What band or artist most inspired you to embark on a career in music? Do you still find this particular band/artist inspiring? Who do you think is making really good music these days?

We are really big fans of a band called Home. We always felt like they were kindred spirits, sort of coming from the same direction as us. We ended up meeting them and we were right, they’re awesome guys. In fact, one of them just emailed us a remix mp3 of “Walk on Water” from the new record. The first time we recorded the song was at his house. As for who’s making really good music, at the risk of sounding like a shill for the label, Americans In France and Impossible Arms. Those records are really damn good.

Have you ever wanted to change the name of the band? If so, what was the
potential new name?

We have talked about it once or twice, even threw out ideas like just shortening it to The Manx just so we don’t always have to say the name twice when someone asks “The what?” Giving names to songs or albums has always been tough for us. I’ve really come full circle on the name. It’s weird, it’s descriptive, and it’s distinct. Works for me.

What words of wisdom would you offer to fledgling bands looking to sustain a career in music?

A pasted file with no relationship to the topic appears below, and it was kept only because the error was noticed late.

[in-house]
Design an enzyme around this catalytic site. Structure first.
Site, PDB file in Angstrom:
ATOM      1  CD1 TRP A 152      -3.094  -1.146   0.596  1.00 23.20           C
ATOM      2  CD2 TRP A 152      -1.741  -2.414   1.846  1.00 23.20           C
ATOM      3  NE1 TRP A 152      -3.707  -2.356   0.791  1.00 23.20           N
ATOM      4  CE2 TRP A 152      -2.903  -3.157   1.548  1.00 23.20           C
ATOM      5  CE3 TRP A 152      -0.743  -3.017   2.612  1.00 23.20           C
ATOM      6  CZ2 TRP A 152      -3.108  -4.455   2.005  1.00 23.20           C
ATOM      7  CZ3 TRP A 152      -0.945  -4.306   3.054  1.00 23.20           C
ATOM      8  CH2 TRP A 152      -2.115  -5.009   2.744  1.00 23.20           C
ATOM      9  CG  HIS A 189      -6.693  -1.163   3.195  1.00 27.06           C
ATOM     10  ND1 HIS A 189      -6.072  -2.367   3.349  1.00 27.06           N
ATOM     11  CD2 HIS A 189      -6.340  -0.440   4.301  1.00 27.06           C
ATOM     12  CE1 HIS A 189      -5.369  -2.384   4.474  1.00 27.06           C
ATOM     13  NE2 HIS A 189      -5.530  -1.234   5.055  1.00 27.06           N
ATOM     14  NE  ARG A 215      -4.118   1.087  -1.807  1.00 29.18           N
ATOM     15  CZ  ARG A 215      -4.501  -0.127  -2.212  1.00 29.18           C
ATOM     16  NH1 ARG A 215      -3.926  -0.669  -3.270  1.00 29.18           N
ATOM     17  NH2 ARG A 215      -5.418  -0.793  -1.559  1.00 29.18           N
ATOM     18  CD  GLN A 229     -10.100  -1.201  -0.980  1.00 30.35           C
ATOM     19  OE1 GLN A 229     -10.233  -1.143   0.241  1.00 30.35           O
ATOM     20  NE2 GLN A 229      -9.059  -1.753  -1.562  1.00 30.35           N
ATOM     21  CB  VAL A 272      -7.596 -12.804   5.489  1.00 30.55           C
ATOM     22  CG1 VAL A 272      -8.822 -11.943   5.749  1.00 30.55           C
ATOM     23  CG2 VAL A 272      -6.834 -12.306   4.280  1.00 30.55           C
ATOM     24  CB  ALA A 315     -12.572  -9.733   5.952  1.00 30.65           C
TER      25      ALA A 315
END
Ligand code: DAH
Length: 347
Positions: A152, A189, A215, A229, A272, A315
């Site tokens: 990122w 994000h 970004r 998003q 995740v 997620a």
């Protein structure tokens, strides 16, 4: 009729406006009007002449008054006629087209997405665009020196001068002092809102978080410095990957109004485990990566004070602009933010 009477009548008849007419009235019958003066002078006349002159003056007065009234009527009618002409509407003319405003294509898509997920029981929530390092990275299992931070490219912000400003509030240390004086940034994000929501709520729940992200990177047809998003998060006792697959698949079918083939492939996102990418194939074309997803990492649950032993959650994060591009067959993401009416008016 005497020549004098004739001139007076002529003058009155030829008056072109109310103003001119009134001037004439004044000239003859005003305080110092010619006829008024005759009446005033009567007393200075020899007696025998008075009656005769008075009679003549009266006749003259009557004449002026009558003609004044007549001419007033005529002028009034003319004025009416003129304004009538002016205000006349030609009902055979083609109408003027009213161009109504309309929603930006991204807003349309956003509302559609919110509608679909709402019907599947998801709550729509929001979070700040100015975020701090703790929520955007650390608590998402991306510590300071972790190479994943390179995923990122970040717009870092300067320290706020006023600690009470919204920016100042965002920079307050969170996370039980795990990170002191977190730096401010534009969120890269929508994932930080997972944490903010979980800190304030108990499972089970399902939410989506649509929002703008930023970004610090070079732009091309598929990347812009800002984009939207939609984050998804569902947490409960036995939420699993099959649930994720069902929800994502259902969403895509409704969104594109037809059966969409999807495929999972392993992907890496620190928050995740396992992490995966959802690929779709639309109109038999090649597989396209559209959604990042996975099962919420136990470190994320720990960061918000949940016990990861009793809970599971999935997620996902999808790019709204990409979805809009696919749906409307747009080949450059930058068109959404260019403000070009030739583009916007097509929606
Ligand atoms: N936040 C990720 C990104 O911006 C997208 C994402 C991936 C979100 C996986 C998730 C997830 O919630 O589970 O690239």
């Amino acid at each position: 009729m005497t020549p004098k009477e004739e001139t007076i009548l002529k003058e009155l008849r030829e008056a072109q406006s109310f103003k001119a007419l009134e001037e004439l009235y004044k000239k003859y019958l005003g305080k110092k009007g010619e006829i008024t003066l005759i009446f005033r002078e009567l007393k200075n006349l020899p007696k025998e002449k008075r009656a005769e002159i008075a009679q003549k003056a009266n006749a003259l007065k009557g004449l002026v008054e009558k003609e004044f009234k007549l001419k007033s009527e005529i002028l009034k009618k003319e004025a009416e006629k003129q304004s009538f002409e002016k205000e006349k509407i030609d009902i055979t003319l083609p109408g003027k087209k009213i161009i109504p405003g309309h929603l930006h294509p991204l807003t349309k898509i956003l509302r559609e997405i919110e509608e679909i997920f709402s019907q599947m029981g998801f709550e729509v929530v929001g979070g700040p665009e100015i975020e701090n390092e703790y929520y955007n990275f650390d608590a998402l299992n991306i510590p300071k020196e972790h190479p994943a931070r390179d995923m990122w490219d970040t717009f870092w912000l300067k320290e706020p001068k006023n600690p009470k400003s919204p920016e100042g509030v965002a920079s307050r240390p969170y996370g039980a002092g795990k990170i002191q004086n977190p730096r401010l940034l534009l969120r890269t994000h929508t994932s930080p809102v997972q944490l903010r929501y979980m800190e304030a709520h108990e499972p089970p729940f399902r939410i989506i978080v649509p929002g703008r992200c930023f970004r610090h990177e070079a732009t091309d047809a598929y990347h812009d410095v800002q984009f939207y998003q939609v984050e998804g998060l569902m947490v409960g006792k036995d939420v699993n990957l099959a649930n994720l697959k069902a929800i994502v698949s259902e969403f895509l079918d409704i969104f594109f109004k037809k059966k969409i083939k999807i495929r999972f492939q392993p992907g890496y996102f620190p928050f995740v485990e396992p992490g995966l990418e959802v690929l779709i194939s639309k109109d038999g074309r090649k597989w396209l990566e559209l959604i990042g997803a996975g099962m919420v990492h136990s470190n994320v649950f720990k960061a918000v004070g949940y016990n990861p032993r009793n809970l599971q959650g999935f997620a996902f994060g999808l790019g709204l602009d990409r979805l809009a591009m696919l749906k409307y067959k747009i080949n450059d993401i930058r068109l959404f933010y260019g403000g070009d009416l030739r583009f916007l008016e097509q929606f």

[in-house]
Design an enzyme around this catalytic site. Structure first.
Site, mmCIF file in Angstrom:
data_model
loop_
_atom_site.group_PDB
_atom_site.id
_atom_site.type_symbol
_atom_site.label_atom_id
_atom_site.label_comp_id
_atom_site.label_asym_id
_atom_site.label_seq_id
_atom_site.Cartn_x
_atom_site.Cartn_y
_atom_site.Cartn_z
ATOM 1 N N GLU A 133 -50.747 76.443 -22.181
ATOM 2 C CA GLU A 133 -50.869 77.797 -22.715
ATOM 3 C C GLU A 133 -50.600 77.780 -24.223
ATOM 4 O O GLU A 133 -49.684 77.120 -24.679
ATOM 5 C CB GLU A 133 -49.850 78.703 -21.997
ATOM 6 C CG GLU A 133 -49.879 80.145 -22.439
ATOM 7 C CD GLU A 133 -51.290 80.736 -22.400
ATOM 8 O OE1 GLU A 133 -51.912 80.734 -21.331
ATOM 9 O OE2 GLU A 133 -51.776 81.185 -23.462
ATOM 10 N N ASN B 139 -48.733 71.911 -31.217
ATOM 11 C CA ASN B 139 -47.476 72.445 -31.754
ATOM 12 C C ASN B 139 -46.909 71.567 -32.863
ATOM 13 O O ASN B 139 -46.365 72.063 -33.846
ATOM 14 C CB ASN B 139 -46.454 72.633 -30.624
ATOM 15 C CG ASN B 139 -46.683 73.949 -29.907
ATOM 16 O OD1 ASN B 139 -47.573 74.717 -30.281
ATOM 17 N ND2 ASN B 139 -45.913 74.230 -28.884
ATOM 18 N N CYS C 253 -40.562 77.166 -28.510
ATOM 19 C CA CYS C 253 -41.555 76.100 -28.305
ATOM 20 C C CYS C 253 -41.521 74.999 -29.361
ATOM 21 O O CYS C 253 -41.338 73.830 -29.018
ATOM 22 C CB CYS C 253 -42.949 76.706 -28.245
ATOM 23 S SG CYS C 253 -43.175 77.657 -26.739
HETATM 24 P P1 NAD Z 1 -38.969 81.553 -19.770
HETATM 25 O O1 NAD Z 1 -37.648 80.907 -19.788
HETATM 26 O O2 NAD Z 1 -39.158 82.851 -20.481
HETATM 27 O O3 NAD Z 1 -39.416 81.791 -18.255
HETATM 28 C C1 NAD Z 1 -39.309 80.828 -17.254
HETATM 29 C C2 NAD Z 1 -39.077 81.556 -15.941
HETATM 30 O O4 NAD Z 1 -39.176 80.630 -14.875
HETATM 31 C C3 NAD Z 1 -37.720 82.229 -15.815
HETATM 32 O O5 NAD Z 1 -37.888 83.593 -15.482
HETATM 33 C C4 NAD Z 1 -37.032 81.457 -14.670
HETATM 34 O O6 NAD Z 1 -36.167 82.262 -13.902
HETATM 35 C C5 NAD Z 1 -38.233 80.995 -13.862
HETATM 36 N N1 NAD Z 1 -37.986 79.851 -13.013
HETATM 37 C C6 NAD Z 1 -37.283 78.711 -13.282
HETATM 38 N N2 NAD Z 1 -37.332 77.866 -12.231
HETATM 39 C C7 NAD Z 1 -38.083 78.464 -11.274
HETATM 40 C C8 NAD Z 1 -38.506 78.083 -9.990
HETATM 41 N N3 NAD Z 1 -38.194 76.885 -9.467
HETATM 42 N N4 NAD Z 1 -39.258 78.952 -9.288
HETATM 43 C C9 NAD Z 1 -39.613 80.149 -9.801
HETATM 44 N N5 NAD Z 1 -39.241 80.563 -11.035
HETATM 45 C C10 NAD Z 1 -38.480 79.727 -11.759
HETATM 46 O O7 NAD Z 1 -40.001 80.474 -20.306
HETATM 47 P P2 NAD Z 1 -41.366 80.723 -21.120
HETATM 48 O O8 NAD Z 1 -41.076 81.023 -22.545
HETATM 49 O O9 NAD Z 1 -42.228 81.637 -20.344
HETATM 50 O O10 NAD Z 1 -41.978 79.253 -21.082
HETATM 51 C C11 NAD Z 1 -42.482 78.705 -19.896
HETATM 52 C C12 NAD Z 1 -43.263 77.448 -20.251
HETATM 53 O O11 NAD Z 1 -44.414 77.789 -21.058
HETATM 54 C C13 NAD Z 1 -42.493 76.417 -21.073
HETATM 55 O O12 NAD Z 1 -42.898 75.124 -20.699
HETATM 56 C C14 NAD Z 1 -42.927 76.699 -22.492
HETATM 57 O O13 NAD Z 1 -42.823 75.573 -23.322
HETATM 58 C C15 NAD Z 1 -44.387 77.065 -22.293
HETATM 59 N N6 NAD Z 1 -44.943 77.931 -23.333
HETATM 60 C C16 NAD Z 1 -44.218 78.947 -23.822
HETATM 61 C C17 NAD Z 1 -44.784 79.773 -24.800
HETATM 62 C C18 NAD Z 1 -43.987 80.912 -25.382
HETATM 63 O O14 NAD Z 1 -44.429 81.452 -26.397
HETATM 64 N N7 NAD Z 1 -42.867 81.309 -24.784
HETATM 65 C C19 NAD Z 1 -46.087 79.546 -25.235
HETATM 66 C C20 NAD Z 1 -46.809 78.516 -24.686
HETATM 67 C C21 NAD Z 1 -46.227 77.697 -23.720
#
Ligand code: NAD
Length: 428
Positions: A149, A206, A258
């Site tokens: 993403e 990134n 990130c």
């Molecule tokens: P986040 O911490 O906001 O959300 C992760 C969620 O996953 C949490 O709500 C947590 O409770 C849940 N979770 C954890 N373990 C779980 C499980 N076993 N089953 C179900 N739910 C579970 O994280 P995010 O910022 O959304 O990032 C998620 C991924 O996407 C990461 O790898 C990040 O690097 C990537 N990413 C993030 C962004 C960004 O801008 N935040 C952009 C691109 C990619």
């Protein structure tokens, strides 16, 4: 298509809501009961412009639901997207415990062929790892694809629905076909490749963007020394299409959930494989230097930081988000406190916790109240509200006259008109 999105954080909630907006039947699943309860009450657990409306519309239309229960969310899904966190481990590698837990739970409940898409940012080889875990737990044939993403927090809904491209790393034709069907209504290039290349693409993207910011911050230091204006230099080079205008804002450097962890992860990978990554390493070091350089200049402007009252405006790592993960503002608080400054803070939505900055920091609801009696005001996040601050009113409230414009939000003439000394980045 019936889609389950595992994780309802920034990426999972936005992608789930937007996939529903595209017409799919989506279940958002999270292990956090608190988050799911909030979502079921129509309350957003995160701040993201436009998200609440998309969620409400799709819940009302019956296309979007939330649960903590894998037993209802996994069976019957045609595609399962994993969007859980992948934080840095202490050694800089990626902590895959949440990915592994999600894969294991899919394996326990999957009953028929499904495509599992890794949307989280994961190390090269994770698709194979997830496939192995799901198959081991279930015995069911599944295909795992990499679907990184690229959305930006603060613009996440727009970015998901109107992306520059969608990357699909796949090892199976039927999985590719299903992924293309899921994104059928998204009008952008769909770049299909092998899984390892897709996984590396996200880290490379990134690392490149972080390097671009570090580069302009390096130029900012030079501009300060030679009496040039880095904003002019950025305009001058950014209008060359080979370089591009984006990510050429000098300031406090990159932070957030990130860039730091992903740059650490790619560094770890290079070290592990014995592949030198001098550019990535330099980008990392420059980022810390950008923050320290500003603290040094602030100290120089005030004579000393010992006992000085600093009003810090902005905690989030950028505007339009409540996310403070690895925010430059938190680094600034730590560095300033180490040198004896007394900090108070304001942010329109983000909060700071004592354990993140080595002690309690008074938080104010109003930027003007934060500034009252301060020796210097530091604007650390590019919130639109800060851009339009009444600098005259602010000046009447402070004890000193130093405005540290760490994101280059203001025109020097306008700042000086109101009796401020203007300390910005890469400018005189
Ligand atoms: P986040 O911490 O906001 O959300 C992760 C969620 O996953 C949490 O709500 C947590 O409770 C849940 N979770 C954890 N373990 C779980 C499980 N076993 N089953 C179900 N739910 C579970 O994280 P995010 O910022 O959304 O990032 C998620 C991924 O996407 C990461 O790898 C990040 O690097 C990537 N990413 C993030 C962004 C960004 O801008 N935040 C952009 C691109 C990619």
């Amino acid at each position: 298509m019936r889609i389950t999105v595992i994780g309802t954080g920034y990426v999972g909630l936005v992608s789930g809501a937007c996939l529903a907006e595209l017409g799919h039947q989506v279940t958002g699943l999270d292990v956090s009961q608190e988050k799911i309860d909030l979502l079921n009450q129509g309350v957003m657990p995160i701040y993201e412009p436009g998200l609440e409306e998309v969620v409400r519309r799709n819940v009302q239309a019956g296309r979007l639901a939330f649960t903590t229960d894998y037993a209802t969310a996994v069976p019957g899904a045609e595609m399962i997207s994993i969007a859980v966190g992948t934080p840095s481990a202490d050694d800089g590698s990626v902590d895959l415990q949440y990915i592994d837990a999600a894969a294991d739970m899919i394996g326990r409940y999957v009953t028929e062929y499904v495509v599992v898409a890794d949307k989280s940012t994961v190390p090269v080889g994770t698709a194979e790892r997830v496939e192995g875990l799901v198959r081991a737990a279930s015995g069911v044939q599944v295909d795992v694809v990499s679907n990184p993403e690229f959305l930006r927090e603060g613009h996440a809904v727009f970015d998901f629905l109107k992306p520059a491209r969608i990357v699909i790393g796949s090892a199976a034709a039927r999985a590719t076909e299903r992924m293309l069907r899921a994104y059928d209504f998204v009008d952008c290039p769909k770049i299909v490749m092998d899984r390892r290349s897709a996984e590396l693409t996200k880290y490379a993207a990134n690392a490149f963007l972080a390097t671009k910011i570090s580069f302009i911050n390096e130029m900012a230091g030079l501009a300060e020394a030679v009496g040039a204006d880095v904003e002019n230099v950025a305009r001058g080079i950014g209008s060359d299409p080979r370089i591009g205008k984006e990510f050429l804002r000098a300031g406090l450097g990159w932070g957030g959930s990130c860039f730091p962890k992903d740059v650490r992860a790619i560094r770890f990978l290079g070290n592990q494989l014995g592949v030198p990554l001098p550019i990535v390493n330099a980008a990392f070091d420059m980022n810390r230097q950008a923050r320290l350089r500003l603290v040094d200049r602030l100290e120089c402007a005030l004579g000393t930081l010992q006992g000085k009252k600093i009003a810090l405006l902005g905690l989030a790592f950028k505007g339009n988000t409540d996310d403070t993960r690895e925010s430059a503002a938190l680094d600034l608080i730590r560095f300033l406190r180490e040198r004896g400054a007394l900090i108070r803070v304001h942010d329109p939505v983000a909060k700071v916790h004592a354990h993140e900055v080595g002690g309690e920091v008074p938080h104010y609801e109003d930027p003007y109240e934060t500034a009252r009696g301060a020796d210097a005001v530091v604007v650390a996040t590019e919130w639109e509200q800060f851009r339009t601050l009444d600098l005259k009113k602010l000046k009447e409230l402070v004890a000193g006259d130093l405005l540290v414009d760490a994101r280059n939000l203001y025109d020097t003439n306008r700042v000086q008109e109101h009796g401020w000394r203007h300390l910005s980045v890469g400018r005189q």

Know the personalities and egos in your band and how to manage them. You don’t have to be best buddies but you do have to be able to gracefully navigate the give and take that goes on with making music. Concessions will get made all the time, especially during the recording process and you have to be able to roll with that. Oh yeah, and learn to take criticism because you’re going to get some.

Favorite UNC basketball player ever? And will UNC repeat in ’10?

It’s got to be Tyler Hansbrough. Any guy that stays four years, never loses to Duke in Cameron Indoor Stadium, knocks JJ Reddick out of the all-time ACC leading scorer position and leads the Heels to the NCAA title has to be right at the top of the list. He did everything a Tar Heel fan could ask for. 2010 will be one of those rare years with lower expectations for the team, much like 2006 after losing our top 7 scorers. If Larry Drew plays well you never know but The Heels will be pretty thin in the backcourt.*

Whatís something about the KM that not many people know?

The first real Manx recordings were a tape called the Paramus EP and I’ve been thinking about how great it would be to update those songs. There are some cool ideas there and we have one track that will show up in your nightmares for years after hearing it. It’s called “Developing Fetus.”

If you had it to do all over again, would you?

Yes. And we’d probably be so much better at it the second time that we’d earn an awesome nickname, like “The Cirque du Soleil of Indie Rock.”


To listen to and learn more about The Kingsbury Manx go HERE or HERE.

Matt Ringer

Matt Ringer

A meat popsicle.